DJ: Because nine out of ten... if I've given up after three months, it's just like an internal test for me. If I'm not keeping revisiting that and trying to put more flesh on the idea and thinking how will this work, how will that work? It's a great test for me, because if after two or three months I let it drop I know it's not going anywhere. But after six months or 12 months it's still there, it's still eating away at me, and I keep saying I can solve this, I can solve that, that'll work - then typically that's how long it takes. I have to incubate an idea. You've got to think of so much these days. It's not just the game, it's how do you turn it into a franchise? Where do you go after one? What does two look like? Is there enough scope to turn this into a franchise? Those kind of thoughts you have to have right away. So no, I don't think it'll ever happen like that again. It's a very well thought out carefully thought out, long term process you go through these days.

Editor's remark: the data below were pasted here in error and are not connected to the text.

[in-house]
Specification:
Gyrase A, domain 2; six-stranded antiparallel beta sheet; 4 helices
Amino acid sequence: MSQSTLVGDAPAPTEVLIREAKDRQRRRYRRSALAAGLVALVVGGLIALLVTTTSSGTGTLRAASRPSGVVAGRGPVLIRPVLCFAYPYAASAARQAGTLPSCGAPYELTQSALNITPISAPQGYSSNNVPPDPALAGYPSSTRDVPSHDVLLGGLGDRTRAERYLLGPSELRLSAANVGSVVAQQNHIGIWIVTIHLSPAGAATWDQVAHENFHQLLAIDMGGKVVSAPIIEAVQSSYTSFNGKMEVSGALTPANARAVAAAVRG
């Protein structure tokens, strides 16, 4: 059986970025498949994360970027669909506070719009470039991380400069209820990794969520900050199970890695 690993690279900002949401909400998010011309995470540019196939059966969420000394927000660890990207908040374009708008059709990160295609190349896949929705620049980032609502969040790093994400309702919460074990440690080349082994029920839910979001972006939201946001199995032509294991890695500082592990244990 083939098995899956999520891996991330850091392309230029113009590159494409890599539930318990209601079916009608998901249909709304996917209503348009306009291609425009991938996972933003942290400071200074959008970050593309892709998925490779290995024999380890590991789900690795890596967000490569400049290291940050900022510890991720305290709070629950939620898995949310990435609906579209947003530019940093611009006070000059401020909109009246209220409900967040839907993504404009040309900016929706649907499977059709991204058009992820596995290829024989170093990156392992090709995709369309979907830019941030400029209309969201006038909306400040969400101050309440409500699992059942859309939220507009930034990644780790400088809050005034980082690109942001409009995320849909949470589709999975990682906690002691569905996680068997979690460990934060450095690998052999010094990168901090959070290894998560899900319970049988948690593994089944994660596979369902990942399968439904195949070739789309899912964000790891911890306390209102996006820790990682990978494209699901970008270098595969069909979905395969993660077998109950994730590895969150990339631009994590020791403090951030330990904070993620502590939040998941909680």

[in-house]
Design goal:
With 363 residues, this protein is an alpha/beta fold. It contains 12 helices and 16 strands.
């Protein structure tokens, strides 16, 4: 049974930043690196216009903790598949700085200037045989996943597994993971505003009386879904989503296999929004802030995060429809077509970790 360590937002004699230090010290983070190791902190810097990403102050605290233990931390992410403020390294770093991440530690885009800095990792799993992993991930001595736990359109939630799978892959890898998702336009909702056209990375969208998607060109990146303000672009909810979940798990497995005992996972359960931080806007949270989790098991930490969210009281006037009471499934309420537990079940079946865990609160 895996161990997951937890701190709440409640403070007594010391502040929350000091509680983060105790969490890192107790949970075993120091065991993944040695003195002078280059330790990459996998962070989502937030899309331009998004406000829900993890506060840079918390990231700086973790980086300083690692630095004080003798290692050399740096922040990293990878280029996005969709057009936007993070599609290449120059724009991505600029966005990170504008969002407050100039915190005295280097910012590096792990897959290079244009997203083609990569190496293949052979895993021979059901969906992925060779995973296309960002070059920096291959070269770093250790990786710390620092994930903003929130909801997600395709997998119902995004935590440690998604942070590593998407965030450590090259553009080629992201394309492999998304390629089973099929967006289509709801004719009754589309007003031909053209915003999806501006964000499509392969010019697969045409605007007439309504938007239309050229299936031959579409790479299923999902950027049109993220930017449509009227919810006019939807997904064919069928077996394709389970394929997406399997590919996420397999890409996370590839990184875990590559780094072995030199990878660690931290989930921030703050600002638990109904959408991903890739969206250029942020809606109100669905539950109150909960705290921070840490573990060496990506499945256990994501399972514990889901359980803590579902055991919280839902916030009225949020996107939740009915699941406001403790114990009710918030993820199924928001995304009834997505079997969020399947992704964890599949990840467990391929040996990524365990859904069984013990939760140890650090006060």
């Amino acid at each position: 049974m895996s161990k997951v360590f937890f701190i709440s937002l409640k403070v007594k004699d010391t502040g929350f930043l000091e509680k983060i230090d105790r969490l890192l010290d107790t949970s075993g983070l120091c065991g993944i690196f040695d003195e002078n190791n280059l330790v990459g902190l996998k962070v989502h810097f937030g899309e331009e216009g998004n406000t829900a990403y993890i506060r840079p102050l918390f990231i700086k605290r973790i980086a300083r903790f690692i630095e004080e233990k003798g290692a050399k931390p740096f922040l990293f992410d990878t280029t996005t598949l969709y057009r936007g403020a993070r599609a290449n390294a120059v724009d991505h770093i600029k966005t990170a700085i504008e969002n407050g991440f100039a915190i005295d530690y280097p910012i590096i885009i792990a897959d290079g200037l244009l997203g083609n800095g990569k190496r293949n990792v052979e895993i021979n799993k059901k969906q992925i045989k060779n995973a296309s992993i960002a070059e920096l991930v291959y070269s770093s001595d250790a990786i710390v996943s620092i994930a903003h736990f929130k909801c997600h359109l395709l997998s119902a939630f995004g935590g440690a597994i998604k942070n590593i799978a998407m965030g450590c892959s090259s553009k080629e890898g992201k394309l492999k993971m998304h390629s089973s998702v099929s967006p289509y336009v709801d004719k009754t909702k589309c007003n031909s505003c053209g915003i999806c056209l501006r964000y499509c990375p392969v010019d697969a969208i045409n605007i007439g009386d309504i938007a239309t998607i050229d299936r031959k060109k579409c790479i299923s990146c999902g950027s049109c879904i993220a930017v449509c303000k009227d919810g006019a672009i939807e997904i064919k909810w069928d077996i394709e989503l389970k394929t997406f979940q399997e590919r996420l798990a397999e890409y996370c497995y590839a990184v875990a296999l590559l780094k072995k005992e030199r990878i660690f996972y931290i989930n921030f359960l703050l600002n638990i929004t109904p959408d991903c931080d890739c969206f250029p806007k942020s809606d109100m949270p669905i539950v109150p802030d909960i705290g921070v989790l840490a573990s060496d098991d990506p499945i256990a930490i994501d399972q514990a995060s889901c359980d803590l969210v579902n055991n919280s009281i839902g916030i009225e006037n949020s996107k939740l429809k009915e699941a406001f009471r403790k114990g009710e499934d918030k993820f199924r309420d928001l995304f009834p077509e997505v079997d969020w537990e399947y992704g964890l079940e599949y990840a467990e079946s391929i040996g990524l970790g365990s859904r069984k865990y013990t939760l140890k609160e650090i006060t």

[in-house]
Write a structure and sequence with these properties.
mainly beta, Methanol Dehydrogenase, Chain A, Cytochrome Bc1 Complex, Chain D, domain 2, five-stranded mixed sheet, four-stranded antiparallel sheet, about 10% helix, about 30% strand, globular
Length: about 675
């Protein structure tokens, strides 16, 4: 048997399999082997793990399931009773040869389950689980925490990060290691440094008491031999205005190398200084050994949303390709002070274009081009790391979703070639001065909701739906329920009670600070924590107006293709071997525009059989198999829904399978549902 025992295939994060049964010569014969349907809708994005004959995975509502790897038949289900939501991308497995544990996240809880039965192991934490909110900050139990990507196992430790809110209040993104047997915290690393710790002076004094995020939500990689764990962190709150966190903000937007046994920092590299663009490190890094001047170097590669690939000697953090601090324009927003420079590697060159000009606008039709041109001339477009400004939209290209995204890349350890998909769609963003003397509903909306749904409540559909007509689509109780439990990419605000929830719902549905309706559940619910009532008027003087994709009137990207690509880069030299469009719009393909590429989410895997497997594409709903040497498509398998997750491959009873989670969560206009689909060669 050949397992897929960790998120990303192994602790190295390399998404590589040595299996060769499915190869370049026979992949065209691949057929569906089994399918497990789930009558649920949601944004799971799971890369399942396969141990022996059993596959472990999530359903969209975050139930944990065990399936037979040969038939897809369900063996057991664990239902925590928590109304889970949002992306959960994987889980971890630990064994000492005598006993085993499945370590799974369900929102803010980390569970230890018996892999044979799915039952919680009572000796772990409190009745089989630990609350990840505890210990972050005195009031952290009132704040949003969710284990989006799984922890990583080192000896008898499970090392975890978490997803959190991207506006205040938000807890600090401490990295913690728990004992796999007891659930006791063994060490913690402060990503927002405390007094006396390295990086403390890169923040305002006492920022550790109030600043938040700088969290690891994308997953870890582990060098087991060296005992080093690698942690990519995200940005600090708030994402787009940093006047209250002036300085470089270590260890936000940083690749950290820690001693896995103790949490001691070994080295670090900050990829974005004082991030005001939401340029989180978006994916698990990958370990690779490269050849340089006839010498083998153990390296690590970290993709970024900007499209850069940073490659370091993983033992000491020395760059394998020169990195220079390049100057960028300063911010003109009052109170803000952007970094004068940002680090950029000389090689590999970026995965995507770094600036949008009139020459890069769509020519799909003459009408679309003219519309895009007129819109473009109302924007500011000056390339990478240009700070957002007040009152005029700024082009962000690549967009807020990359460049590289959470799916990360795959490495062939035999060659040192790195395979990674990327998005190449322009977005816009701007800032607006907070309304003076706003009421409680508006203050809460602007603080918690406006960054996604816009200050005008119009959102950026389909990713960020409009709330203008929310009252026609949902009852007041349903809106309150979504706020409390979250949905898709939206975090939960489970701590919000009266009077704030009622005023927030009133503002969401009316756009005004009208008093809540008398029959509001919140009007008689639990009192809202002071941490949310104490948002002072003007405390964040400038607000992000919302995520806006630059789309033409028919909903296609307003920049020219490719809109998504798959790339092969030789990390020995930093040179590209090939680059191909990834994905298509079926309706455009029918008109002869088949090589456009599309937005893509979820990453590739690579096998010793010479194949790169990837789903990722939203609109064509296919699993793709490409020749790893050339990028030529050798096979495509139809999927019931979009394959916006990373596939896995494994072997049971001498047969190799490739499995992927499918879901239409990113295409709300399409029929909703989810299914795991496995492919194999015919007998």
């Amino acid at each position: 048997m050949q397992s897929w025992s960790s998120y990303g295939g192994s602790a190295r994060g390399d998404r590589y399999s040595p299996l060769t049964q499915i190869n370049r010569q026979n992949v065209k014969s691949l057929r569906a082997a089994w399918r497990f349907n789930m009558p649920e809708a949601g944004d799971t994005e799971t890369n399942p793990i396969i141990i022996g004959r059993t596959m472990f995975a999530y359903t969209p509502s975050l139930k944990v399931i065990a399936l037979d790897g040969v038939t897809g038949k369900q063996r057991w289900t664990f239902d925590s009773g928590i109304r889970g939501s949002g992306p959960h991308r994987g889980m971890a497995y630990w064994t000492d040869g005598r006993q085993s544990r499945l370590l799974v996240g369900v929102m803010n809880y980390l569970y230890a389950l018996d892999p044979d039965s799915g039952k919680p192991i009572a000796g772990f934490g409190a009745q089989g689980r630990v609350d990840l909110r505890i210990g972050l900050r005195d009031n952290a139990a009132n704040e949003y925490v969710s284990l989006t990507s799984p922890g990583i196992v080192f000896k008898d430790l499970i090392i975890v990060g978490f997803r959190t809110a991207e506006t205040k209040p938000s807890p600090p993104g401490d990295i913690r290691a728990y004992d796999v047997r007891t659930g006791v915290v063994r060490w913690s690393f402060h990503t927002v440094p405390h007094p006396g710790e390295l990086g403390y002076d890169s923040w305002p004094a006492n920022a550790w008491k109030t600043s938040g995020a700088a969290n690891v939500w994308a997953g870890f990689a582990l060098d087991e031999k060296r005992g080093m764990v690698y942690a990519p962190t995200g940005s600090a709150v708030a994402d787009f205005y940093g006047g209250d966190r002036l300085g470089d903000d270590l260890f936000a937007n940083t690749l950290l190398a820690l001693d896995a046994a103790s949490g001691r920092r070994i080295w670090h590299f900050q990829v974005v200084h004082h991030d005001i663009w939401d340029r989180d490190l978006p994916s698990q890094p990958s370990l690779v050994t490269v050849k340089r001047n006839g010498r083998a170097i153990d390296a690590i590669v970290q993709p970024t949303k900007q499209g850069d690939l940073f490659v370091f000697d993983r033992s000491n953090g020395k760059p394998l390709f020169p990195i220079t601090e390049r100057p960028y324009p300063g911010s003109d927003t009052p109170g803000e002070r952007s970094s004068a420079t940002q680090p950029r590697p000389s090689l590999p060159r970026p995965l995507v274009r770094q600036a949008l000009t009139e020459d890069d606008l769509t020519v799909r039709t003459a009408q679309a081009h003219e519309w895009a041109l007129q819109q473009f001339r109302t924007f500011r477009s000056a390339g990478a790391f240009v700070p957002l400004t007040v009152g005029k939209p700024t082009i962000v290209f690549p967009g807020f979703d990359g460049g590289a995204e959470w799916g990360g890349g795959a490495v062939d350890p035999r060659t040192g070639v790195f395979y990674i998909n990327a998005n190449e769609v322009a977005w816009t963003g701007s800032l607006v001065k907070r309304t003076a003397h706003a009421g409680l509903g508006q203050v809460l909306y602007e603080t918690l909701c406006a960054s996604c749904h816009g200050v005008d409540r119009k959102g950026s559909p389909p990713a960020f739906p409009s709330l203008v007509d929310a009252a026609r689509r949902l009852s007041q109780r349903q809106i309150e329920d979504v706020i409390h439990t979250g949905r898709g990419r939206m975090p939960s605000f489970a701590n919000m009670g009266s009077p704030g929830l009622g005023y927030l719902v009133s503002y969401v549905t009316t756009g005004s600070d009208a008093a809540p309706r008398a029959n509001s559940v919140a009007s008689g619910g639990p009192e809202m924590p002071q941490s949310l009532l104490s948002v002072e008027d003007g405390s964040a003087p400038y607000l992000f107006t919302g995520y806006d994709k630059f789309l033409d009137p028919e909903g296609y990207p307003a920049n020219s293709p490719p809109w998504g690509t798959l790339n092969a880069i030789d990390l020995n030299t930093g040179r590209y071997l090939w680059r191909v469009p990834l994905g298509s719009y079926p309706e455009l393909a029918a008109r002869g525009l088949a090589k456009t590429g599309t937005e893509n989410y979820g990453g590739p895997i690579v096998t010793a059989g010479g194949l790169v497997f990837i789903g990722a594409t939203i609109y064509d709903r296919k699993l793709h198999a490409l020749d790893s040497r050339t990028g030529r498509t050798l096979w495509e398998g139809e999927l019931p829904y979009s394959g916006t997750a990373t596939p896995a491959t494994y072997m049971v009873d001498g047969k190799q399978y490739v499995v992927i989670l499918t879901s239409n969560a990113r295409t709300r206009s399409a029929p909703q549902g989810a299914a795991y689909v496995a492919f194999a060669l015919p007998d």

APB is due out for PC early next year.